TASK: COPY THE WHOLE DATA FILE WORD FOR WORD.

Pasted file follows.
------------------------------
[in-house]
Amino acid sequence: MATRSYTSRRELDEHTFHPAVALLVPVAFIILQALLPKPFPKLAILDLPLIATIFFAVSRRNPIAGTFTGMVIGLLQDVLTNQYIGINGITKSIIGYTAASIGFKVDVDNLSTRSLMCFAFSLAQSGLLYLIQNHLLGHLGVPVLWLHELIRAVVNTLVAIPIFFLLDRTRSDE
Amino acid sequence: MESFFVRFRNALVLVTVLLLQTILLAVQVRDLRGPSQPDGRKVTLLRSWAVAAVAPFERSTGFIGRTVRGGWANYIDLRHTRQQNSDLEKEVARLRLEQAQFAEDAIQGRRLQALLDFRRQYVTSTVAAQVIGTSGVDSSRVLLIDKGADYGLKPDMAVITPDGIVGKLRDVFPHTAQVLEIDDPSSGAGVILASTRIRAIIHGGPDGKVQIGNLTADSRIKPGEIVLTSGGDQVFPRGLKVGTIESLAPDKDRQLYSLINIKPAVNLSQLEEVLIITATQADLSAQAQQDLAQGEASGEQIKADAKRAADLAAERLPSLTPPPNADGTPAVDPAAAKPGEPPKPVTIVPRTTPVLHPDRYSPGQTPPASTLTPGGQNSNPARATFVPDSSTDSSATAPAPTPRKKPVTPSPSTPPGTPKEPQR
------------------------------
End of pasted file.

[in-house]
Amino acid sequence: MATRSYTSRRELDEHTFHPAVALLVPVAFIILQALLPKPFPKLAILDLPLIATIFFAVSRRNPIAGTFTGMVIGLLQDVLTNQYIGINGITKSIIGYTAASIGFKVDVDNLSTRSLMCFAFSLAQSGLLYLIQNHLLGHLGVPVLWLHELIRAVVNTLVAIPIFFLLDRTRSDE
Amino acid sequence: MESFFVRFRNALVLVTVLLLQTILLAVQVRDLRGPSQPDGRKVTLLRSWAVAAVAPFERSTGFIGRTVRGGWANYIDLRHTRQQNSDLEKEVARLRLEQAQFAEDAIQGRRLQALLDFRRQYVTSTVAAQVIGTSGVDSSRVLLIDKGADYGLKPDMAVITPDGIVGKLRDVFPHTAQVLEIDDPSSGAGVILASTRIRAIIHGGPDGKVQIGNLTADSRIKPGEIVLTSGGDQVFPRGLKVGTIESLAPDKDRQLYSLINIKPAVNLSQLEEVLIITATQADLSAQAQQDLAQGEASGEQIKADAKRAADLAAERLPSLTPPPNADGTPAVDPAAAKPGEPPKPVTIVPRTTPVLHPDRYSPGQTPPASTLTPGGQNSNPARATFVPDSSTDSSATAPAPTPRKKPVTPSPSTPPGTPKEPQR